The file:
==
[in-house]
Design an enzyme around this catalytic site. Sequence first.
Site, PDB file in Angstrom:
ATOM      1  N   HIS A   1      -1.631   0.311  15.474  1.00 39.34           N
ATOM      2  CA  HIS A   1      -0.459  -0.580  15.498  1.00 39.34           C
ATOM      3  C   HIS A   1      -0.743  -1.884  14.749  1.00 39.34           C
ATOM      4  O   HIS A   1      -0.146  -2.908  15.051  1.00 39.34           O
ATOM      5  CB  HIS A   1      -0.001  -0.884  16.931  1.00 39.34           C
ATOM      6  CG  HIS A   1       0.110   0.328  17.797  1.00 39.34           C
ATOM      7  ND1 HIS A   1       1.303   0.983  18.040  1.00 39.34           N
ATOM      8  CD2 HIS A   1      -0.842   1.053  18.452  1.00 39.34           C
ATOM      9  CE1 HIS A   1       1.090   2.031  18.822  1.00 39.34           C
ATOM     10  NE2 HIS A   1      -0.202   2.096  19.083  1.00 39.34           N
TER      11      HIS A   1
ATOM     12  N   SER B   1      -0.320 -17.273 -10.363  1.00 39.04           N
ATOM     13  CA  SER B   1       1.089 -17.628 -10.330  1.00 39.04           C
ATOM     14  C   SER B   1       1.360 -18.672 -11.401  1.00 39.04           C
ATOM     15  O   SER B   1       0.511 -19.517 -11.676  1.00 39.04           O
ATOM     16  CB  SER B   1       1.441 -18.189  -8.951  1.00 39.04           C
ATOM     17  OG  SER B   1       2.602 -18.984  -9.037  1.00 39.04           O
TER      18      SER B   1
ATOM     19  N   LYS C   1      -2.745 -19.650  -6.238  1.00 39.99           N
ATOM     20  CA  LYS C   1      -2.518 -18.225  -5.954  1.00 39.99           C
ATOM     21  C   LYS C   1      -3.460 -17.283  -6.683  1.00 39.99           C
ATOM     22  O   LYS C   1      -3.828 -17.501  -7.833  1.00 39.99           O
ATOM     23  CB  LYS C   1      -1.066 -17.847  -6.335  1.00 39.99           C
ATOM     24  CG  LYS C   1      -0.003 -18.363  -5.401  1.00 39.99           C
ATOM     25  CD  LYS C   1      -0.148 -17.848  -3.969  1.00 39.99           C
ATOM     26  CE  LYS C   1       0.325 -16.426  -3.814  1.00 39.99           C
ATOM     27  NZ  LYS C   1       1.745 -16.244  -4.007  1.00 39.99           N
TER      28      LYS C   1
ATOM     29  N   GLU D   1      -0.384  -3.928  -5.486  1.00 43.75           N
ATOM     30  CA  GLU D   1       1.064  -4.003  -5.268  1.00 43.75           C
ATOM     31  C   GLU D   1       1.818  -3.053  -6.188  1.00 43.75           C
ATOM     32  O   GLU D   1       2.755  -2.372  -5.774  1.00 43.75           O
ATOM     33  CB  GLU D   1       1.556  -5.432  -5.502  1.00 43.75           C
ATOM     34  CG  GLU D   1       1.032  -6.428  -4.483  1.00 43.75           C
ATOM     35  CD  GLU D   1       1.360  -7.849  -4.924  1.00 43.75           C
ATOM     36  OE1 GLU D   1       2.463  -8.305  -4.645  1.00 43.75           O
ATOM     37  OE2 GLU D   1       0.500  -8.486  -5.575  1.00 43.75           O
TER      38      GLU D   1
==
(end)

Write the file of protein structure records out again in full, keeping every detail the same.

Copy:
[in-house]
Design an enzyme around this catalytic site. Sequence first.
Site, PDB file in Angstrom:
ATOM      1  N   HIS A   1      -1.631   0.311  15.474  1.00 39.34           N
ATOM      2  CA  HIS A   1      -0.459  -0.580  15.498  1.00 39.34           C
ATOM      3  C   HIS A   1      -0.743  -1.884  14.749  1.00 39.34           C
ATOM      4  O   HIS A   1      -0.146  -2.908  15.051  1.00 39.34           O
ATOM      5  CB  HIS A   1      -0.001  -0.884  16.931  1.00 39.34           C
ATOM      6  CG  HIS A   1       0.110   0.328  17.797  1.00 39.34           C
ATOM      7  ND1 HIS A   1       1.303   0.983  18.040  1.00 39.34           N
ATOM      8  CD2 HIS A   1      -0.842   1.053  18.452  1.00 39.34           C
ATOM      9  CE1 HIS A   1       1.090   2.031  18.822  1.00 39.34           C
ATOM     10  NE2 HIS A   1      -0.202   2.096  19.083  1.00 39.34           N
TER      11      HIS A   1
ATOM     12  N   SER B   1      -0.320 -17.273 -10.363  1.00 39.04           N
ATOM     13  CA  SER B   1       1.089 -17.628 -10.330  1.00 39.04           C
ATOM     14  C   SER B   1       1.360 -18.672 -11.401  1.00 39.04           C
ATOM     15  O   SER B   1       0.511 -19.517 -11.676  1.00 39.04           O
ATOM     16  CB  SER B   1       1.441 -18.189  -8.951  1.00 39.04           C
ATOM     17  OG  SER B   1       2.602 -18.984  -9.037  1.00 39.04           O
TER      18      SER B   1
ATOM     19  N   LYS C   1      -2.745 -19.650  -6.238  1.00 39.99           N
ATOM     20  CA  LYS C   1      -2.518 -18.225  -5.954  1.00 39.99           C
ATOM     21  C   LYS C   1      -3.460 -17.283  -6.683  1.00 39.99           C
ATOM     22  O   LYS C   1      -3.828 -17.501  -7.833  1.00 39.99           O
ATOM     23  CB  LYS C   1      -1.066 -17.847  -6.335  1.00 39.99           C
ATOM     24  CG  LYS C   1      -0.003 -18.363  -5.401  1.00 39.99           C
ATOM     25  CD  LYS C   1      -0.148 -17.848  -3.969  1.00 39.99           C
ATOM     26  CE  LYS C   1       0.325 -16.426  -3.814  1.00 39.99           C
ATOM     27  NZ  LYS C   1       1.745 -16.244  -4.007  1.00 39.99           N
TER      28      LYS C   1
ATOM     29  N   GLU D   1      -0.384  -3.928  -5.486  1.00 43.75           N
ATOM     30  CA  GLU D   1       1.064  -4.003  -5.268  1.00 43.75           C
ATOM     31  C   GLU D   1       1.818  -3.053  -6.188  1.00 43.75           C
ATOM     32  O   GLU D   1       2.755  -2.372  -5.774  1.00 43.75           O
ATOM     33  CB  GLU D   1       1.556  -5.432  -5.502  1.00 43.75           C
ATOM     34  CG  GLU D   1       1.032  -6.428  -4.483  1.00 43.75           C
ATOM     35  CD  GLU D   1       1.360  -7.849  -4.924  1.00 43.75           C
ATOM     36  OE1 GLU D   1       2.463  -8.305  -4.645  1.00 43.75           O
ATOM     37  OE2 GLU D   1       0.500  -8.486  -5.575  1.00 43.75           O
TER      38      GLU D   1